In this helpful video by Joanie Simon of The Bite Shot, she explains how to do DIY Food Photography Backdrops that are both affordable and easy. Costing you less than US$30 per backdrop!
Before beginning, please be sure to use your spray paints outdoors and always paint in a well-ventilated area.
Things you will need:
- Laminated plywood
- Paint scraper/palette knife
- Joint Compound (used for drywalling)
- Oil-based spray paint
- Chalky finish acrylic paint
- Acrylic or oil-based metallic spray paint.
When you pick out your paint, ensure that you choose paint that has a matte finish to stop glare and reflection.
Stick to colors that are subtle so that your food is the star. For example, browns, topes, cool greys, mossy green, and robins blue.
Use the scraper/palette knife to apply the Joint Compound to the board. Allow it to be organic and textural. Explore cross-hatching and mixed textures for different boards.
Let it sit for a few minutes and drag the palette knife across the applied compound to flatten it a bit while still leaving interesting grooves and patterns.
Let it dry overnight (24hrs).
Apply your darker peak-through color first (oil based spray paint). There is no need to apply full coverage as the other colors will be overlayed.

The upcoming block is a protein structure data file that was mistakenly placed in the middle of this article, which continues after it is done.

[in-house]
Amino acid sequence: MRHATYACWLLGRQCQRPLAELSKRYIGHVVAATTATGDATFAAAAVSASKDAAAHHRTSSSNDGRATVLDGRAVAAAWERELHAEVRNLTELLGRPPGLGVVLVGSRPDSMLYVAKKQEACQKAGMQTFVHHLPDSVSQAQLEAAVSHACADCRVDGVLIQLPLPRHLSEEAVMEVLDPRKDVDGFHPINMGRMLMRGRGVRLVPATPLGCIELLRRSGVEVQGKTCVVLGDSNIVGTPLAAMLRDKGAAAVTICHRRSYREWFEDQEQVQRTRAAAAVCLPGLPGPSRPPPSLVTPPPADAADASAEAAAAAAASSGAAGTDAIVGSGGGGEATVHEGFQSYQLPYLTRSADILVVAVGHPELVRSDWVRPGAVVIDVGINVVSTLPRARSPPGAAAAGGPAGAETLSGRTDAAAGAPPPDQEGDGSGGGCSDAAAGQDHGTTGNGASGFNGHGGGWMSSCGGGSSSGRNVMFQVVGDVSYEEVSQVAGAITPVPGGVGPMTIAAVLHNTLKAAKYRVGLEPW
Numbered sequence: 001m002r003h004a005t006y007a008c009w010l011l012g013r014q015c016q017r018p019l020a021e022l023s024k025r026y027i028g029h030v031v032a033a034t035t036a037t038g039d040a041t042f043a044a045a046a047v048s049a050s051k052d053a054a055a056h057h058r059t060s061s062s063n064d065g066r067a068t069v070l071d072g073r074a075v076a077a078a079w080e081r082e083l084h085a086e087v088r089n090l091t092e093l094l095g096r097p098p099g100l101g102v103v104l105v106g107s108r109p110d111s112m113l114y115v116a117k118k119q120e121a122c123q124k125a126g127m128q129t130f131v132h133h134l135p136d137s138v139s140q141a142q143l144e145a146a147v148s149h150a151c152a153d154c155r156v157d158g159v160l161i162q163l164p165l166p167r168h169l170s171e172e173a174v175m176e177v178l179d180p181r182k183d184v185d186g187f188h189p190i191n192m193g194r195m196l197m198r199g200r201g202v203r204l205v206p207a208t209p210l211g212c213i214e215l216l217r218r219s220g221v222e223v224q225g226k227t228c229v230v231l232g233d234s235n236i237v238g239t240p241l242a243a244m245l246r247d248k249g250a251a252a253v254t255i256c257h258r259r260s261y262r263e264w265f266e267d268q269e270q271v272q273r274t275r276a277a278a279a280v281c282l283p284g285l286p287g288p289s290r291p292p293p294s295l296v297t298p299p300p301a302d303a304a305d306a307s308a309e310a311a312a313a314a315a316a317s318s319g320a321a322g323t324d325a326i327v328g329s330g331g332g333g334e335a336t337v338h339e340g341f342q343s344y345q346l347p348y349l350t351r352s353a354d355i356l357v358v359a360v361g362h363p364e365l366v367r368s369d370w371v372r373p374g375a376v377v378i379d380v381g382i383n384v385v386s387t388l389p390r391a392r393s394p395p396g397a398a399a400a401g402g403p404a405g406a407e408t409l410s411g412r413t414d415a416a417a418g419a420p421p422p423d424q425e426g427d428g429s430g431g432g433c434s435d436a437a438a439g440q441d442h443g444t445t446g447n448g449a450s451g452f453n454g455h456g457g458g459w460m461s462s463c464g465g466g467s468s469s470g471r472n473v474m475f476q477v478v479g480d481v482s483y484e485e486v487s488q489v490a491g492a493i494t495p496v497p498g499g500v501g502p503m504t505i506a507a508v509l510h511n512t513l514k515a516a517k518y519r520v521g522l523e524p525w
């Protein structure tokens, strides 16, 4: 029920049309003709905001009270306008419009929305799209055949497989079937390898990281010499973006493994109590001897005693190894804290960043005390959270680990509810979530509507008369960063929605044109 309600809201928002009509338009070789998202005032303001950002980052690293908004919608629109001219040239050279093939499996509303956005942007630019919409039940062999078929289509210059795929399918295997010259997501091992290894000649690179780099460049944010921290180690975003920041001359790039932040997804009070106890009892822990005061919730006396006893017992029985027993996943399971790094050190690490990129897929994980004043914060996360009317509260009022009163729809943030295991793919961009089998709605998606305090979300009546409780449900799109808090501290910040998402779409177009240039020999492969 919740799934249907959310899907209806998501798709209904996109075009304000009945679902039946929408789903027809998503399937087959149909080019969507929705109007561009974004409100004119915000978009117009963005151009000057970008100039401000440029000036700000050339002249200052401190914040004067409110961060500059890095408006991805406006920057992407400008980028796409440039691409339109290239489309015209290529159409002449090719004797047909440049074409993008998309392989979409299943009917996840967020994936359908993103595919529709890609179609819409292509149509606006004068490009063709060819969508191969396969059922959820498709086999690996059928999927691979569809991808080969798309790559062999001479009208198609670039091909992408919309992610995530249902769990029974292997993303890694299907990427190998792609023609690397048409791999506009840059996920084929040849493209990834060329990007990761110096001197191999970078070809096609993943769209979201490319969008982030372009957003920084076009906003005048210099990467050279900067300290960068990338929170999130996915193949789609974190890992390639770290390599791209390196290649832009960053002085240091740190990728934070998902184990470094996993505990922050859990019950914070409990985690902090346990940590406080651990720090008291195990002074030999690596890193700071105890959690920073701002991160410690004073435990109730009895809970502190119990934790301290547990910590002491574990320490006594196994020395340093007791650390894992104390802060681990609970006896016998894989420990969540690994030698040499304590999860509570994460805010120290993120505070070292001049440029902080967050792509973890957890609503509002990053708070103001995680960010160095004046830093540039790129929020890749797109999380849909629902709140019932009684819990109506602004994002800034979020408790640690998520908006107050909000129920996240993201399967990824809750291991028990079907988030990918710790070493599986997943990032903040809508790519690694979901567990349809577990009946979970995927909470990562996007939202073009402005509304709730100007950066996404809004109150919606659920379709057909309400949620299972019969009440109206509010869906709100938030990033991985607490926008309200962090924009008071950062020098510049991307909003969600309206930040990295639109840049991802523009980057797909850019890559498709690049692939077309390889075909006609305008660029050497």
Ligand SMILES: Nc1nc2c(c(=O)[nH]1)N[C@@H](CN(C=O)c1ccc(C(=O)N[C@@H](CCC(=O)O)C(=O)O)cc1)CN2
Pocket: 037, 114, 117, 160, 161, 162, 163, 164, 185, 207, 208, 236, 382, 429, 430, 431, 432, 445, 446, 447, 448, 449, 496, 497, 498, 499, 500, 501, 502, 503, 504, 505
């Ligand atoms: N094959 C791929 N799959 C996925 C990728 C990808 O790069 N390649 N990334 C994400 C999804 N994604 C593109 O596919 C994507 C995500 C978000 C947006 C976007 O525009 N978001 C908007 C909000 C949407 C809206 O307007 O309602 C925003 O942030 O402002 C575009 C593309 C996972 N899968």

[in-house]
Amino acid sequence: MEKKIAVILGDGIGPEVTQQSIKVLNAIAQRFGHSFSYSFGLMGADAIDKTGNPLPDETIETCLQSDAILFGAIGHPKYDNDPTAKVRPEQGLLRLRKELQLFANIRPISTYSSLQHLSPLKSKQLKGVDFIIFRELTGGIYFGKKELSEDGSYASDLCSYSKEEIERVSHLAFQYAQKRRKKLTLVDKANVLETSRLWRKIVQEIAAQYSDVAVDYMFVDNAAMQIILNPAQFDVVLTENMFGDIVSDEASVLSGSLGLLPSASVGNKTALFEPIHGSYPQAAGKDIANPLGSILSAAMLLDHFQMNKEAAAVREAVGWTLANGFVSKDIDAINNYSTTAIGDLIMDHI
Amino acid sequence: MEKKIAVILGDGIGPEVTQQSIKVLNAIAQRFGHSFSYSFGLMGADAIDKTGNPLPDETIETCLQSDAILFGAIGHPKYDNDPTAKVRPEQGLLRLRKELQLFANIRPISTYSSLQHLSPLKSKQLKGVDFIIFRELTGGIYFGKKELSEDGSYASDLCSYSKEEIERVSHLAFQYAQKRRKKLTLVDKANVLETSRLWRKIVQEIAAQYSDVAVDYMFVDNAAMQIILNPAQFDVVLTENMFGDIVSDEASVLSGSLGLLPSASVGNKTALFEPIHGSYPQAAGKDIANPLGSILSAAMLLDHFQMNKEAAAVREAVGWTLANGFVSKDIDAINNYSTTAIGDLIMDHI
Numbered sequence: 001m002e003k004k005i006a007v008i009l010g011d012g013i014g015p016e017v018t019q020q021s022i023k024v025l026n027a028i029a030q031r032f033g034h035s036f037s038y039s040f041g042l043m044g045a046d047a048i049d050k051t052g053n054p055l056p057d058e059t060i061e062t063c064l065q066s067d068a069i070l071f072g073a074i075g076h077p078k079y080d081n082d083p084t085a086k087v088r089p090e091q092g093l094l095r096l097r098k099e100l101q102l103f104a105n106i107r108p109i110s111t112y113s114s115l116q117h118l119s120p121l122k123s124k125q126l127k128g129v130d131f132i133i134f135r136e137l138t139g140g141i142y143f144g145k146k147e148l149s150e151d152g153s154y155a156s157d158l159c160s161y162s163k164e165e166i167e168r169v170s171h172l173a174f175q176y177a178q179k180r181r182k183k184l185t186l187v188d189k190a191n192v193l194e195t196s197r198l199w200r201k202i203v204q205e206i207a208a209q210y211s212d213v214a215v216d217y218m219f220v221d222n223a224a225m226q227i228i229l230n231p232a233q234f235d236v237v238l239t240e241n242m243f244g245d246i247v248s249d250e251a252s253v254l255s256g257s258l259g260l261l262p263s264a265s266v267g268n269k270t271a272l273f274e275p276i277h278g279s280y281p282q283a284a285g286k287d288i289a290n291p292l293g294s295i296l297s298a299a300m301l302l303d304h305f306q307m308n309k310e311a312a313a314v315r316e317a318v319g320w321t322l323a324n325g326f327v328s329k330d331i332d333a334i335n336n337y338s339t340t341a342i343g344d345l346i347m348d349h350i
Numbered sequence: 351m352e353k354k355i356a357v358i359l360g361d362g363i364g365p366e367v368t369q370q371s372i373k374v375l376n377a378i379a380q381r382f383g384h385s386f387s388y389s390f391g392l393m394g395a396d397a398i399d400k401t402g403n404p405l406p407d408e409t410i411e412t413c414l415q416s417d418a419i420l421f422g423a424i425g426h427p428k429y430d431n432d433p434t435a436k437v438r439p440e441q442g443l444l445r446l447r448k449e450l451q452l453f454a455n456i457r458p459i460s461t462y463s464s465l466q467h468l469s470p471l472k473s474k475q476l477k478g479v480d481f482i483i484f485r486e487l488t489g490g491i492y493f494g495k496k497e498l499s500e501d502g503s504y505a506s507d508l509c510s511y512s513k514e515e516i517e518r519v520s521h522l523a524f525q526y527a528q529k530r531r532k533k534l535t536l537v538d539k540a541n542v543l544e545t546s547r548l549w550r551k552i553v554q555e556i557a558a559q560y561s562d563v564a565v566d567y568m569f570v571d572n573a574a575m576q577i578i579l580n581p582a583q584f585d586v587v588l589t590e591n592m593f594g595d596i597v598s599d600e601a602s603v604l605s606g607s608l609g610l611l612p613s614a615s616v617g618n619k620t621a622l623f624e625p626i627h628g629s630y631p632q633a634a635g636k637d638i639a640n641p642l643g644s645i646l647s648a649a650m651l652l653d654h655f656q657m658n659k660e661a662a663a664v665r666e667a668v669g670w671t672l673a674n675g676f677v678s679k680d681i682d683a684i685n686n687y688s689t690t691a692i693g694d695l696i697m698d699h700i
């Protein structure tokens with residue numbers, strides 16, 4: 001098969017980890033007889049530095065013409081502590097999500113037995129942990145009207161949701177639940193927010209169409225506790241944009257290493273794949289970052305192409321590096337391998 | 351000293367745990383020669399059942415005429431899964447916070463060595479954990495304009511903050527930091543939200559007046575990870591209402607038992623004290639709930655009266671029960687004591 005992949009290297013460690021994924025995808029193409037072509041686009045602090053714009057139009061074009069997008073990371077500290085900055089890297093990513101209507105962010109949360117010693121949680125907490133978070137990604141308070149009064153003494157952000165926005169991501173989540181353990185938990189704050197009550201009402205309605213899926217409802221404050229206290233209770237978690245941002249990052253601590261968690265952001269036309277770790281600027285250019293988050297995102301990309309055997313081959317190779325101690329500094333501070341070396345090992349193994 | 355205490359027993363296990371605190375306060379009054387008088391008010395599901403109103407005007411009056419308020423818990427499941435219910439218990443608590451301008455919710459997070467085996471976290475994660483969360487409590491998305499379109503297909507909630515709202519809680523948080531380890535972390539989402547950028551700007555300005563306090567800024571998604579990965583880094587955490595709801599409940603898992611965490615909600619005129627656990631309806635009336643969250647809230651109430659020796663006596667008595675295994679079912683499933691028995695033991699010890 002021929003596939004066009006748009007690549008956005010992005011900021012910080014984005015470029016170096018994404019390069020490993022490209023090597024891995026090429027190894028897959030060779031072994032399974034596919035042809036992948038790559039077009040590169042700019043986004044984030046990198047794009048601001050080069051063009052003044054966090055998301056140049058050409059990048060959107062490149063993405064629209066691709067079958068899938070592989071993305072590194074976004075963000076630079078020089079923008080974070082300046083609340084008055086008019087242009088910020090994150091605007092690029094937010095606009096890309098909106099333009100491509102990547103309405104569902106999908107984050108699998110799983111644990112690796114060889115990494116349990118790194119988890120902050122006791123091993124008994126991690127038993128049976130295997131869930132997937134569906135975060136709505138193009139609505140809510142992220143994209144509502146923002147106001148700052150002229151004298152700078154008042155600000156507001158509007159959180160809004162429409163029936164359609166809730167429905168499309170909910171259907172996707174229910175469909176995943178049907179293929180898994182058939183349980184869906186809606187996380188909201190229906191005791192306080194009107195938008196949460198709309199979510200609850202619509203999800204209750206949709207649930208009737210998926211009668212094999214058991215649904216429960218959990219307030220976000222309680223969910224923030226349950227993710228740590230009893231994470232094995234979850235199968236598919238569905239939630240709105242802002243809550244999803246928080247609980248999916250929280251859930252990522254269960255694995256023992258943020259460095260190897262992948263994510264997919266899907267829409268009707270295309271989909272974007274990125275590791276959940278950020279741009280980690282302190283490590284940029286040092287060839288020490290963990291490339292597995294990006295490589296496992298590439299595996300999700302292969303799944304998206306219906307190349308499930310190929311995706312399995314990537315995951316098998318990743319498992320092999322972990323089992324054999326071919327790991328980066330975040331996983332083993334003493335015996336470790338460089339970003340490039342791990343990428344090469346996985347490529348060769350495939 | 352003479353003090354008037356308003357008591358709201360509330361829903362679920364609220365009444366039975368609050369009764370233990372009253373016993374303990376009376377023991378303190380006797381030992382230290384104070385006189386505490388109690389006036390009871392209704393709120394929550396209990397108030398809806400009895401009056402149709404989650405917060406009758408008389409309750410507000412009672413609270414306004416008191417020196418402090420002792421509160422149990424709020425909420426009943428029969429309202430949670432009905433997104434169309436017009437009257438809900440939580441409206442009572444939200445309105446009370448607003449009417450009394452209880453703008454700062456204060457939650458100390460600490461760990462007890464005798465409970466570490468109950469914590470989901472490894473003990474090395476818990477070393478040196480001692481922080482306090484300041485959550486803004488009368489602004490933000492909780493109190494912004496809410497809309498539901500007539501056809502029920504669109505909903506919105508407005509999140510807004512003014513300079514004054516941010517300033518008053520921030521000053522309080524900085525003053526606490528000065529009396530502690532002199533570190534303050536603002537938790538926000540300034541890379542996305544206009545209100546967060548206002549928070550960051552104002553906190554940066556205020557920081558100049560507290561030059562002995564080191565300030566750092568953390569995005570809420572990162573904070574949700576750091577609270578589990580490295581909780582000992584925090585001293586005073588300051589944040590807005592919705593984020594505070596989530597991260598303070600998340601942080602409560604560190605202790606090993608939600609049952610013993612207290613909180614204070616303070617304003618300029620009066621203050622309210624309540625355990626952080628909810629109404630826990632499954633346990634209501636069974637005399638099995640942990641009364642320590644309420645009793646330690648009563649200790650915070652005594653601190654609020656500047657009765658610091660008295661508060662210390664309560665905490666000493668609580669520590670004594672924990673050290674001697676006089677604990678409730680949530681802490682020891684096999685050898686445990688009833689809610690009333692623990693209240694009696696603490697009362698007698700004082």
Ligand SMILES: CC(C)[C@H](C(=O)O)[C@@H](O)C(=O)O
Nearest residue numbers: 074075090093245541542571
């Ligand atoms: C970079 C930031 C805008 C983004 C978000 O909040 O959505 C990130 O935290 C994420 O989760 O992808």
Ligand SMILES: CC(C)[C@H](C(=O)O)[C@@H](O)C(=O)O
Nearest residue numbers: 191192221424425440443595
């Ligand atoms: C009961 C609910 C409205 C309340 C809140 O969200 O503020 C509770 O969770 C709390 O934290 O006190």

Next, brush on your chalky finish paint. You can use a short blending brush. Brush, stipple, use circular motions to blend over the previous color so that the peak through color still shows through.
If you put too much on, you can use a damp cloth to wipe the acrylic paint back off.
Take your colored spray paint and just spray sections from a distance to give light coverage for extra tone and texture.
Spray a little water onto your board and spray your oil-based metallic paint over it. The paint won’t adhere to the areas of water. Wait ten minutes for the paint to dry and once it is dry, wipe the water off. You are let with a really cool effect.
Take your other boards and play around with these techniques using your different tones and textures.
Apply a matte finish spray to your boards to protect the surface. 2-3 coats will do the trick.
Please share with us any of your DIY food photography backdrops in the comments below.
You may also find the following helpful for your food photography:
Food Photography – An Introduction
5 Tips to Seriously Improve Your Food Photography Techniques
Are You Making These Five Food Photography Mistakes?
Household Items to Bring to Your Next Food Photography Shoot
The Secret to Finding the Hero Angle in Food Photography
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